Cannabis News of the Day

The Green Mountain State lives up to its name and joins the fray: In a tight vote, the Vermont Senate agreed to legalize cannabis, clearing the first legislative hurdle in that state. Governor Shumlin has urged the lower house to follow suit. Detractors argue that the measure will hurt minors and encourage disregard for federal law.

In California, NORML has endorsed the Adult Use of Marijuana Act, the frontrunner among the various legalization efforts in that state. They join the litany of other organizations.

Elsewhere around the country, though, the intrinsic and often unexpected negative effects of legalization are being felt. The legal cannabis industry used $6 billion worth of electricity last year, a figure that continues to cause consternation in the media. New research suggests a correlation between cannabis and the use of other drugs, bolstering the often-ridiculed claim that marijuana is a gateway drug. This bad news was compounded by recent research on the neurological effects of teenage cannabis use. Plus, emergency room visits among Colorado pot tourists suggest a sinister trend. In light of all of this, it is unsurprising that insurance companies aren’t anxious to cover the burgeoning industry.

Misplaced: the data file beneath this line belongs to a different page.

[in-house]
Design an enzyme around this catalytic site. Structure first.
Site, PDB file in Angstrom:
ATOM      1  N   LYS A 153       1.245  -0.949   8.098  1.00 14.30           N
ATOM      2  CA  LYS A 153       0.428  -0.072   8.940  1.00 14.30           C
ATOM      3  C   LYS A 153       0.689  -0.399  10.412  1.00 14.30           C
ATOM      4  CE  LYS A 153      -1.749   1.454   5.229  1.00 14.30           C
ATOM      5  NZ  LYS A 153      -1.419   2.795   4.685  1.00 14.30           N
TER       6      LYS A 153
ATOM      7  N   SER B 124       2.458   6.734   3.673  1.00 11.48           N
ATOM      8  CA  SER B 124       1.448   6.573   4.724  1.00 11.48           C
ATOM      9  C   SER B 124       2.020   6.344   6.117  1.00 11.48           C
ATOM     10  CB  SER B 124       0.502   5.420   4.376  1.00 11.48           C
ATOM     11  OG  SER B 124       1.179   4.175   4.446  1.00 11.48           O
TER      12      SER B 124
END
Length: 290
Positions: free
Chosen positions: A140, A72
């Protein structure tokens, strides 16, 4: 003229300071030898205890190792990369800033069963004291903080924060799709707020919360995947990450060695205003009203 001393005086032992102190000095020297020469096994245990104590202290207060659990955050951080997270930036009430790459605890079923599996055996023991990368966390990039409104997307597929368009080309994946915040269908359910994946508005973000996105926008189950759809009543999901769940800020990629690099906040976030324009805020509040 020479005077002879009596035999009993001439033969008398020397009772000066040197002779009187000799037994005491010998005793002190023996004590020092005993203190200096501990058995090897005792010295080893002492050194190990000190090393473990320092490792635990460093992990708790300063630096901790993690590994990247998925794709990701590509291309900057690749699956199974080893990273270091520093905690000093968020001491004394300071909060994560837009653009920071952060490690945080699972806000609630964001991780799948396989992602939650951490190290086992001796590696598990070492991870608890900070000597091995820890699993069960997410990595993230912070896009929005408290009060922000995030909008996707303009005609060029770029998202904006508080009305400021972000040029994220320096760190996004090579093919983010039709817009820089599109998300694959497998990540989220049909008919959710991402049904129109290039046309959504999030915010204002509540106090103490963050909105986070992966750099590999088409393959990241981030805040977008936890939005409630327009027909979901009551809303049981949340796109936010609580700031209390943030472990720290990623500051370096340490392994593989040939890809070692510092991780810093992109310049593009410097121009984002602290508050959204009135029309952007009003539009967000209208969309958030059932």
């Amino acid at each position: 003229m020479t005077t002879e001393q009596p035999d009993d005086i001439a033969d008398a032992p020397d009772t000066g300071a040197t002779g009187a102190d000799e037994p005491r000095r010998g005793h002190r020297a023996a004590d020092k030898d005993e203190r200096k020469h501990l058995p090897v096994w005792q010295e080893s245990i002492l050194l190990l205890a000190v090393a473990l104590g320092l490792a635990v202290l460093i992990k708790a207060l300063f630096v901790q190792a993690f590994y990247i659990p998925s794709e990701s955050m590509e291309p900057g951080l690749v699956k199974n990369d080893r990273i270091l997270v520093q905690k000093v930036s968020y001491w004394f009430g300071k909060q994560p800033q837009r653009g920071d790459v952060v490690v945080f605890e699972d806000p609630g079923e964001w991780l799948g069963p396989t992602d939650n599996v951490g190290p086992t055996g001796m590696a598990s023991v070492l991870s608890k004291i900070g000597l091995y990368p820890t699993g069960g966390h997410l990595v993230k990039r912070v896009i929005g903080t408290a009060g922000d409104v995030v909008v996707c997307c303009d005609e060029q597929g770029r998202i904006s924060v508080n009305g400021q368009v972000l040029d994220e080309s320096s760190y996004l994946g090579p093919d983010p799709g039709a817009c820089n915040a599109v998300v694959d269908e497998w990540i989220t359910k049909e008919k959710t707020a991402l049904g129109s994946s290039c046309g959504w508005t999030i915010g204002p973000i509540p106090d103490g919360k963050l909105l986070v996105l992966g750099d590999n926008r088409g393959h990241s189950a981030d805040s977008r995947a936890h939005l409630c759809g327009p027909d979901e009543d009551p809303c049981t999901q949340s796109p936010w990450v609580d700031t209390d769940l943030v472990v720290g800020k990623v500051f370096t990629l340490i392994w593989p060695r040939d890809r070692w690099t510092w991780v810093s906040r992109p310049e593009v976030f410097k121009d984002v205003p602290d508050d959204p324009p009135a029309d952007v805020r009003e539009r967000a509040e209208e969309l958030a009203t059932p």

It’s a mystery whether voters will take these potentially damaging factors into account in two states with nascent legalization campaigns. In Arizona, activists battle over exactly what legalization will mean at a local level, and in Ohio, the Marijuana Policy Project hopes to get things started on the right foot this time.

Southern drawl: In Arkansas, the state’s top lawyer has again rejected the text of a proposed legalization plan. And in Louisiana, it seems unlikely that legalizing green will put the state back in the black.

Meanwhile, in Canada, the Liberal government claims to have “no schedule” when it comes to legalization.

Cannabis News of the Day

Looking for an explanation for police opposition to cannabis legalization? Here it is, in a nutshell.

And here are a few other groups who aren’t so gleeful about the green:

Educators in Arizona, including several superintendents, are amping up the rhetoric against legal pot.

So-called “Stoners Against Legalization,” seem non-plussed about losing prohibition-era profits.

Environmentalists may worry about the surprisingly large energy footprint left by the cannabis industry

Ohio donors only gave $268 to legalization efforts last month, despite a new policy push in the state.

Even Facebook isn’t so hot on pot, at least not according to Colorado cannabis dispensaries.

And public health advocates worry about the right way to move forward in California, in a new report.

Yet, there seem to be ways to meet in the middle – at least that’s what the Ohio pro-legalization camp is banking on.  Meanwhile, more states join the fray in earnest, including Rhode Island, and North Dakota, with more clearly on the way.